water, paper towel and energy


by tony873004
Tags: energy, paper, towel, water
tony873004
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#1
Sep18-09, 08:05 PM
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If you dip a paper towel into water, the water absorbs up the paper towel. These molecules are gaining height, and hence mgh is increasing. Where does the energy come from to lift the water molecules?
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DaleSpam
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#2
Sep18-09, 08:11 PM
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From the energy required to manufacture the paper.
bp_psy
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#3
Sep18-09, 10:47 PM
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http://en.wikipedia.org/wiki/Capillary_action

tony873004
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#4
Sep19-09, 12:20 PM
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water, paper towel and energy


Thanks!
Andy Resnick
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#5
Sep19-09, 02:57 PM
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Here's a twist- what happens if you take away gravity? The answer is not so simple, and relates to how to grow food in space.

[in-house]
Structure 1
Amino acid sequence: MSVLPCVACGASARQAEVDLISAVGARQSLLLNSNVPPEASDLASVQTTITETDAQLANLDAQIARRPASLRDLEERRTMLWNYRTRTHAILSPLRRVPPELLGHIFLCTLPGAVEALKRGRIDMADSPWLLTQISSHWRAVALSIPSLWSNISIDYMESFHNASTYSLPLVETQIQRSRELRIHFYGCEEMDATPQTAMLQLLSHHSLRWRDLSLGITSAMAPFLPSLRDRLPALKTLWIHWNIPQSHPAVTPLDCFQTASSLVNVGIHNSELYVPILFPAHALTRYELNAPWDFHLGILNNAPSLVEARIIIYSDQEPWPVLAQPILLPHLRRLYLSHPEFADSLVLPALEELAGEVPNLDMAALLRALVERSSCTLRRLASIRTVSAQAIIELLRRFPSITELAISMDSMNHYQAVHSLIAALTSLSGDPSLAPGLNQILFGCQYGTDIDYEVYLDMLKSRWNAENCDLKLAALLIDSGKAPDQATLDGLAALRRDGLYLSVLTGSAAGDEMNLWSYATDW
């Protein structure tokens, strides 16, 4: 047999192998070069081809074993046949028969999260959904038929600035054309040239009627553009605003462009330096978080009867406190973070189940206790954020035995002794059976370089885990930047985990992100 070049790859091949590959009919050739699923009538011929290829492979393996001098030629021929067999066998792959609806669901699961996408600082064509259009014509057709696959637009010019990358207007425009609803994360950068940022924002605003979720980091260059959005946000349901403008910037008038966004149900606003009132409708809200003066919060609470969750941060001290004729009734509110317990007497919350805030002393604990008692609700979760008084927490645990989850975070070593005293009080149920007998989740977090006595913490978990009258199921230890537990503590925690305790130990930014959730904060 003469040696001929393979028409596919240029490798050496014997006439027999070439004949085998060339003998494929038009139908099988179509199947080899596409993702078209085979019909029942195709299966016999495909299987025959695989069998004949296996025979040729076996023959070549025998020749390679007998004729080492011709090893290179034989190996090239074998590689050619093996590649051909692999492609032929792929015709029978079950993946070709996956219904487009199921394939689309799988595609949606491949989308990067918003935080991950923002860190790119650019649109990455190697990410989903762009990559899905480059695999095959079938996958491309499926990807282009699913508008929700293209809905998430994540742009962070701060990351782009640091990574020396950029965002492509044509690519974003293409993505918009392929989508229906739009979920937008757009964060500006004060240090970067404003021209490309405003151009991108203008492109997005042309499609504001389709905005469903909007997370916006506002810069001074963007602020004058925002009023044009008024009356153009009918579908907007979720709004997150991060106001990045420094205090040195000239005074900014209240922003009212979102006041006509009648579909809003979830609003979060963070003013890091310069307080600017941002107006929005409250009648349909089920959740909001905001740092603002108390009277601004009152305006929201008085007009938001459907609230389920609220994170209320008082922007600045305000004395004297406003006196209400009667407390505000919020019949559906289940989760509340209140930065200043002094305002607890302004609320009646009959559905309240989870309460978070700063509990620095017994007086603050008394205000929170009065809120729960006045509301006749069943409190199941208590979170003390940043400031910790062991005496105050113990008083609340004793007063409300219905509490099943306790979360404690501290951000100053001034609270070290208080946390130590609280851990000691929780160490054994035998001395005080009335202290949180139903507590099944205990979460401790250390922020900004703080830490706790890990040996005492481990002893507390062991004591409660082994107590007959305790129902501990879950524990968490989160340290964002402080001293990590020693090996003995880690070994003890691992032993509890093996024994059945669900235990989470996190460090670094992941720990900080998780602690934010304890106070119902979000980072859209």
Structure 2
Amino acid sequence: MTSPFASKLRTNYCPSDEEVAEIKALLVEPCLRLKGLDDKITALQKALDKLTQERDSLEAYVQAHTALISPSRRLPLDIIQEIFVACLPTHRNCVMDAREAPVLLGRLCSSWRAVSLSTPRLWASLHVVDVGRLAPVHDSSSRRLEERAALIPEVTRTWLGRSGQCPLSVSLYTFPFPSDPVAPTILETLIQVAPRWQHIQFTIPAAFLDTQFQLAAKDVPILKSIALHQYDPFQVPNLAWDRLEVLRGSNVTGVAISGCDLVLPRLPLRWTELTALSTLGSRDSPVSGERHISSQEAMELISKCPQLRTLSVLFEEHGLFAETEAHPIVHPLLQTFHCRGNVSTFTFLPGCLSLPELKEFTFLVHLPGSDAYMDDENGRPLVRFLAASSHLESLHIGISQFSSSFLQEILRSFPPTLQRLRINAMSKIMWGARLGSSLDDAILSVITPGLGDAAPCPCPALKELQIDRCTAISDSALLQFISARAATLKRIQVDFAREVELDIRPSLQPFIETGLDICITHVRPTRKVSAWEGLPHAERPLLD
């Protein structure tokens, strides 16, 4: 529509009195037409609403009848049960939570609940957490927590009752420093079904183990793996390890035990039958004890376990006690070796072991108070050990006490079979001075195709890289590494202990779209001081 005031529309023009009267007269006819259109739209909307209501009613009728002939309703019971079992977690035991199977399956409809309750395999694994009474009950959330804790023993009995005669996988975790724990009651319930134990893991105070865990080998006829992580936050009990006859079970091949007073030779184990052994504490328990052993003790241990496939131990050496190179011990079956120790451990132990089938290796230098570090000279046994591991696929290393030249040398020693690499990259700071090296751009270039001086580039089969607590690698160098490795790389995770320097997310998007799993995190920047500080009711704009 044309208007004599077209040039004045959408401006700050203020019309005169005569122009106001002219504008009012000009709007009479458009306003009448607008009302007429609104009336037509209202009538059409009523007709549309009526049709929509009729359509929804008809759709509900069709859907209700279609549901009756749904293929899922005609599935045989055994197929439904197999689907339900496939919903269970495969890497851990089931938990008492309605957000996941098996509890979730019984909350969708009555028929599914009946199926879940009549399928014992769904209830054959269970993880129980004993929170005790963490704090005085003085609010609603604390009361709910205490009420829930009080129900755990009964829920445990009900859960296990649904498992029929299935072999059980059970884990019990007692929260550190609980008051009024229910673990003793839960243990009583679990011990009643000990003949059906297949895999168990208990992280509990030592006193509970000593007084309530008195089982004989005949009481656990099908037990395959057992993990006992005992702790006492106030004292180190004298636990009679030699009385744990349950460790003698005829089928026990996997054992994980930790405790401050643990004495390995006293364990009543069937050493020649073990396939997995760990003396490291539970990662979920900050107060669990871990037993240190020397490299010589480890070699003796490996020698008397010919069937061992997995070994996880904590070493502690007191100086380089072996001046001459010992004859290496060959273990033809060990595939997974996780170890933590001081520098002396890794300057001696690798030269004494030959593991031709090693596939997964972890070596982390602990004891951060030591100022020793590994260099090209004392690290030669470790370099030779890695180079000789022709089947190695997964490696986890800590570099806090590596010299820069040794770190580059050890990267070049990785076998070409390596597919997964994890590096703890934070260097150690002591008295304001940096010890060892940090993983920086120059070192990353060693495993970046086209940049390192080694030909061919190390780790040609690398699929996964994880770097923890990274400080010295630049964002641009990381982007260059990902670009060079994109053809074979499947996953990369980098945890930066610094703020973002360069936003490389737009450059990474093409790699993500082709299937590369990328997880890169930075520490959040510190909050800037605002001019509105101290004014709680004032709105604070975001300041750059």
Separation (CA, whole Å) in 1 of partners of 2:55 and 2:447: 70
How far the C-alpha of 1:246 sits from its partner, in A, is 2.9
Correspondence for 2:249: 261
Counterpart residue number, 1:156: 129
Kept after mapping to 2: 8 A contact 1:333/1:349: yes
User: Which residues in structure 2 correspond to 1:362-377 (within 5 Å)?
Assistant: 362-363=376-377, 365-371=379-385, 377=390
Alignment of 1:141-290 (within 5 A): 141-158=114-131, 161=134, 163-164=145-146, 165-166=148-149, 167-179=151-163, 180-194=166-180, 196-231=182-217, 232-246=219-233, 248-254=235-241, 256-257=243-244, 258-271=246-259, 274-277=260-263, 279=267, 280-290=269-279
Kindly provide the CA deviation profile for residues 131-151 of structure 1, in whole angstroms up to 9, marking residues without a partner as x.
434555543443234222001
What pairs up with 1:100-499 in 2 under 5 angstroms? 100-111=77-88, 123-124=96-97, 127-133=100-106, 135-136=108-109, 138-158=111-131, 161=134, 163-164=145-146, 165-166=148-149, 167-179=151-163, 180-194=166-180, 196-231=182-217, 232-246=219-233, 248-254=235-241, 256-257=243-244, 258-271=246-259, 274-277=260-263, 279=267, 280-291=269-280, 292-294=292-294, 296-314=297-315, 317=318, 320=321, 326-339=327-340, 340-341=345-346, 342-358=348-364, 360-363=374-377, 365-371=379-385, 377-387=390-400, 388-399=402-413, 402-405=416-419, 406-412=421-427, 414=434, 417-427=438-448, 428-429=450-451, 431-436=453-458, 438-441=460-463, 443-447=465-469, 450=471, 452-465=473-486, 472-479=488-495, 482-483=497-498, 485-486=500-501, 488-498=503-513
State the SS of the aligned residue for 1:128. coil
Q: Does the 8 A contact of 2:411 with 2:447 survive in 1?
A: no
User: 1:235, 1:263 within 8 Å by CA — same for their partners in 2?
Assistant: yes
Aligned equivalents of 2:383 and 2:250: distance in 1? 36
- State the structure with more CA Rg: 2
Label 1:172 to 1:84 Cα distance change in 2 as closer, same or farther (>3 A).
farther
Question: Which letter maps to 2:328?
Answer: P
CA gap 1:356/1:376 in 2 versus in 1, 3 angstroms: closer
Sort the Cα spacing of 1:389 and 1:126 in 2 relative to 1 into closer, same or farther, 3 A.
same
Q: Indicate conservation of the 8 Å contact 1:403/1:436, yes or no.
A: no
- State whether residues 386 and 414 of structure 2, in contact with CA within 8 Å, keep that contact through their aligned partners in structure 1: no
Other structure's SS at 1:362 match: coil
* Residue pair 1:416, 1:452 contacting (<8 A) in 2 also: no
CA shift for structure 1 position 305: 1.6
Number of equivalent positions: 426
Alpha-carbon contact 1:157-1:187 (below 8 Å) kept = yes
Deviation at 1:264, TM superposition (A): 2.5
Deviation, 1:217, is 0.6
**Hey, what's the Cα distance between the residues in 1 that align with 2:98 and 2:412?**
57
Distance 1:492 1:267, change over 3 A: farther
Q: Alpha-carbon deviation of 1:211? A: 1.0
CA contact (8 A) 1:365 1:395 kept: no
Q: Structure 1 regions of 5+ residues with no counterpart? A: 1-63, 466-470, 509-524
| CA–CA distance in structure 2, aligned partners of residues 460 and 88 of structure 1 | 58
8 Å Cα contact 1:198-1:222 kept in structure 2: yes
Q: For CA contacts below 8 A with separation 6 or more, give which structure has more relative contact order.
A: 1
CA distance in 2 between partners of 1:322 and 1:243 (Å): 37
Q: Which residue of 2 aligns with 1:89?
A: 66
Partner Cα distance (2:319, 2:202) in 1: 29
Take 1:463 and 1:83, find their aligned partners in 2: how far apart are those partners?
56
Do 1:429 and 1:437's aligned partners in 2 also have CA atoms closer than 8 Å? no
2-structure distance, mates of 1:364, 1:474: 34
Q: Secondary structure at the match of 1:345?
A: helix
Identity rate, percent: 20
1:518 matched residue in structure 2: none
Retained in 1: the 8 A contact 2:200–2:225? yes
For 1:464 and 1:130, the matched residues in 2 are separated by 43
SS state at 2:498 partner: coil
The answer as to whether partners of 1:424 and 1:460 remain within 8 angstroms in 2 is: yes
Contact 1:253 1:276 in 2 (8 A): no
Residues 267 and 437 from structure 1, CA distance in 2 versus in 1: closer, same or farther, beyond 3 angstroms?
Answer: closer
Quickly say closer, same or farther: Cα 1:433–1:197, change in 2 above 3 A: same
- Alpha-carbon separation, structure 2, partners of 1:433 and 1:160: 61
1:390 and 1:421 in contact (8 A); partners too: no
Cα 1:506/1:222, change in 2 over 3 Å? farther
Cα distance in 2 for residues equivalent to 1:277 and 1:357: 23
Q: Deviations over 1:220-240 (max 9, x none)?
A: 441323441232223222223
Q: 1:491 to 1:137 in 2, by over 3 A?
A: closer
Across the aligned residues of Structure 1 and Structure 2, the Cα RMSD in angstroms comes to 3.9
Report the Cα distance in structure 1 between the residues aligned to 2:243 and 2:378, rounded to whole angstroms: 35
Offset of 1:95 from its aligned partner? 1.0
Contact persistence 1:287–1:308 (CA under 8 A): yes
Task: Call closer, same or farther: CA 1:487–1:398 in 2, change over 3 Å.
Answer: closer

Pyro Ninja
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#6
Sep21-09, 06:31 PM
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So, if the energy required to lift the water through capillary action, is coming from the
inter-molecular forces, then why aren't these forces being 'used up' very slightly as they convert their energy into the gaining of height by the water molecules?
willem2
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#7
Sep22-09, 01:17 AM
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The forces aren't 'used up'. Onlly energy is used up. you can get energy out of water and a paper towel by letting the towel get wet. you have to spend energy to get the water out of the towel again. (pressing or heating)
Andy Resnick
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#8
Sep22-09, 07:51 AM
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Quote Quote by Pyro Ninja View Post
So, if the energy required to lift the water through capillary action, is coming from the
inter-molecular forces, then why aren't these forces being 'used up' very slightly as they convert their energy into the gaining of height by the water molecules?
Capillary rise coverts surface energy into gravitational potential energy. When the liquid stops rising, the increase in potential energy is balanced by the loss of surface energy from wetting.


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